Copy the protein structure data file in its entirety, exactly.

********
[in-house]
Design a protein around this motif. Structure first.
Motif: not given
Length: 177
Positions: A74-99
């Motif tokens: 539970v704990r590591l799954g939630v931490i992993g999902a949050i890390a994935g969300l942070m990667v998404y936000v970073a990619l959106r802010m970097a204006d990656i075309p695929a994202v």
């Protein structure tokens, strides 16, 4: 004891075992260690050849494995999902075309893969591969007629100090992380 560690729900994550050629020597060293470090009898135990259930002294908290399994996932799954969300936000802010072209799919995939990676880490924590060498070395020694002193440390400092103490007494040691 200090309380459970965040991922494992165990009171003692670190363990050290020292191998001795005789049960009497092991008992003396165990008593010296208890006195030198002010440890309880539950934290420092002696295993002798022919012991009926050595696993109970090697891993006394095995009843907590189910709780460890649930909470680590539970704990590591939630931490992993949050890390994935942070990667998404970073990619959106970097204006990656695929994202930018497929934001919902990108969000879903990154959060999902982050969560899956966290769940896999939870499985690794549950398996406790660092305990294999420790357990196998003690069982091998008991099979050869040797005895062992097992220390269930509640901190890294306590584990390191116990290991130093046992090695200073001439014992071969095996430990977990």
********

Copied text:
[in-house]
Design a protein around this motif. Structure first.
Motif: not given
Length: 177
Positions: A74-99
């Motif tokens: 539970v704990r590591l799954g939630v931490i992993g999902a949050i890390a994935g969300l942070m990667v998404y936000v970073a990619l959106r802010m970097a204006d990656i075309p695929a994202v």
């Protein structure tokens, strides 16, 4: 004891075992260690050849494995999902075309893969591969007629100090992380 560690729900994550050629020597060293470090009898135990259930002294908290399994996932799954969300936000802010072209799919995939990676880490924590060498070395020694002193440390400092103490007494040691 200090309380459970965040991922494992165990009171003692670190363990050290020292191998001795005789049960009497092991008992003396165990008593010296208890006195030198002010440890309880539950934290420092002696295993002798022919012991009926050595696993109970090697891993006394095995009843907590189910709780460890649930909470680590539970704990590591939630931490992993949050890390994935942070990667998404970073990619959106970097204006990656695929994202930018497929934001919902990108969000879903990154959060999902982050969560899956966290769940896999939870499985690794549950398996406790660092305990294999420790357990196998003690069982091998008991099979050869040797005895062992097992220390269930509640901190890294306590584990390191116990290991130093046992090695200073001439014992071969095996430990977990």